Maybe Let’s Not Read More Puritans

Maybe Let’s Not Read More Puritans January 19, 2021

Take a moment to look at this tweet exchange:

Scottie Crawford says he wishes “more people would read more Puritans and church Fathers.” Religious reformer Jo Luehmann responds with “SERIOUSLY? Just war theory cool with you? Dancing as sinful? Demonizing of indigenous people? All cool with you? Hmmk.” Luehmann has a point.

But for a quick moment, let’s consider Crawford’s call. Let’s read some more Puritans. We’ll start with the trial of George Spencer.

I’m going to pull directly from Wikipedia here, but this story can be found elsewhere as well:

George Spencer is described as an ugly, balding servant with a glass eye. He is believed to have lived for a time in Boston and while there was found guilty of receiving stolen goods. His punishment was a flogging. He then moved to the New Haven Colony, and continued to be a “habitual troublemaker”. He was open about his lack of faith, never praying in the years of being in Connecticut and only reading the Bible when forced to by his master.

When a sow gave birth to a malformed, one-eyed piglet it was considered a manifestation of God’s proof of Spencer’s sins. Spencer was arrested, and the Puritan authorities deemed the birth a work of God. They believed that this was irrefutable evidence that an act of bestiality had taken place. He was charged with “prophane, atheistical carriage, in unfaithfulness and stubbornness to his master, a course of notorious lying, filthiness, scoffing at the ordinances, ways and people of God”.

Is this the kind of thing Crawford wants us to read?

Look, here’s more!

Having witnessed a repentant child molester being whipped for his crime Spencer believed that his best option was to confess. On the realisation that this might lead to a death sentence he retracted his statement. He repeated this confession and retraction again, trying to find the best solution to his situation.

When the trial began the magistrates knew the necessity of having two witnesses to the crime. They used Spencer’s retracted confessions as one witness and the stillborn piglet as the other, ruling that this was sufficient to determine his guilt. On April 8, 1642, the sow was put to death by the sword and Spencer was hanged.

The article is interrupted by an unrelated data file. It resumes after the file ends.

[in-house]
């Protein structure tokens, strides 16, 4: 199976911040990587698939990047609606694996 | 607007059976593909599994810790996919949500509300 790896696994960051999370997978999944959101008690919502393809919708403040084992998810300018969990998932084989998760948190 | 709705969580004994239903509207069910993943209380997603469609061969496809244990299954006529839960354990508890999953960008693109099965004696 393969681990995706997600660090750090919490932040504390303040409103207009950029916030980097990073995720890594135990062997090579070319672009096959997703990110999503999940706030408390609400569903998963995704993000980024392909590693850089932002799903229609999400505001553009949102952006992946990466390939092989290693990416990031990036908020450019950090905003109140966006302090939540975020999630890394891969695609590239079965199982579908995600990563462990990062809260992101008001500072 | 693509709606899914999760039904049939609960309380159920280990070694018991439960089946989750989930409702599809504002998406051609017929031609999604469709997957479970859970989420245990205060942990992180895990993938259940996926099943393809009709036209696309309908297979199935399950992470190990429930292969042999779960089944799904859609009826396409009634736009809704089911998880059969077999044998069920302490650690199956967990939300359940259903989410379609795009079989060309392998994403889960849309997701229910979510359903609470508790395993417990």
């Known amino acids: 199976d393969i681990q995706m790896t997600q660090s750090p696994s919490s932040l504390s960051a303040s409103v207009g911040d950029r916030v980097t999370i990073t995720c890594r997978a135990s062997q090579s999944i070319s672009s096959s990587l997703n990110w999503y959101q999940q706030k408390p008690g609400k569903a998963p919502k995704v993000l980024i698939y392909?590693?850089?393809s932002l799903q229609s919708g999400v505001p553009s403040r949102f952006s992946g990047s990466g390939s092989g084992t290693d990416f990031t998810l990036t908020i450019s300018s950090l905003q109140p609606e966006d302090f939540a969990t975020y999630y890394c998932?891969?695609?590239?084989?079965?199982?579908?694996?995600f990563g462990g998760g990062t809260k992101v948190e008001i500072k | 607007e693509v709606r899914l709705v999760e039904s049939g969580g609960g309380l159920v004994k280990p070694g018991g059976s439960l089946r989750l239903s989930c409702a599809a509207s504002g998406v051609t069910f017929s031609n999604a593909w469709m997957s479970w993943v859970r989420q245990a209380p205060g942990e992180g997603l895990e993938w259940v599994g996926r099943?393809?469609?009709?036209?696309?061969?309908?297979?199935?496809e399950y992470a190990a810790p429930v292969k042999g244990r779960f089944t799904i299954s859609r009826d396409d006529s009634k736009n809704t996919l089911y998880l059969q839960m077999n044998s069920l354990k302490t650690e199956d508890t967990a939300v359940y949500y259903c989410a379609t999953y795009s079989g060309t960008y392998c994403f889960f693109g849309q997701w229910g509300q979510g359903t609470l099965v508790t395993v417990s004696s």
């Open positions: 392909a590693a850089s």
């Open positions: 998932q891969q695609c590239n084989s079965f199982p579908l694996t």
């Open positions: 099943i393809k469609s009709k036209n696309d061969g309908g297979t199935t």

Yeah that’s not great.

This two witnesses thing is wild. Spencer’s retracted confessions were one witness … and the piglet was the other?? So they hung him. Just like that.

But maybe it’s an anomaly. Right? I mean if Crawford wants us to spend more time reading the Puritans,  this can’t be all that representative. Let’s try another. Let’s look at the trial of Thomas Hogg.

[Hogg] was considered a liar and a thief, and his appearance offended his neighbours. Women of various social positions … reported his indecency, as he allowed his “filthy nakedness” (penis and scrotum) to show through his breeches. Hogg, who suffered from a painful inguinal hernia, argued that his indecency was not intentional.

[Hogg] was already awaiting trial for theft, dishonesty and indecent exposure when he was brought up on charges of bestiality, after a sow gave birth to two piglets that resembled him.

This sounds … scientific.

Hogg’s mistress, Mrs. Lamberton, found the birth to be a sign from God, and told the authorities that one of the “monsters” had “a fair and white skinned and head, as Thomas Hogg is”, and the other “a head like a child’s and one eye like him, the bigger on the right side, as if God would describe the party, with the description of the instrument of bestyalie.”

Theophilus Eaton, governor of the colony, and his deputy brought Hogg to a barnyard where the crime was supposed to have taken place. They ordered him to scratch the sow under her ear, after which “there appeared a working of lust in the sow, insomuch that she powred out seede before them.” Hogg was then ordered to scratch another sow, but she was not stimulated.

Yep, very scientific.

The governor and deputy governor were frustrated that, despite their experiment, Hogg denied the charges. Without the confession, the “impudent liar” could not be hanged because the requirement of two witnesses could not be met. Instead, he was convicted of lying and stealing, for which he was severely whipped and incarcerated. While imprisoned, Hogg was kept on a “mean diet and hard labor, that his lusts not be fed.”


This “two witnesses” thing is wild. Literally, one of the witnesses is the pig.

Oh, and check this out:

There’s … an important (and sad) overlap here for women who bore disabled babies or deformed, stillborn fetuses. Often when a woman delivered such a “monster,” they were assumed to have either consorted with the devil or had been impregnated by an animal, and in either case, sometimes accused of witchcraft.


Maybe let’s not read more Puritans.

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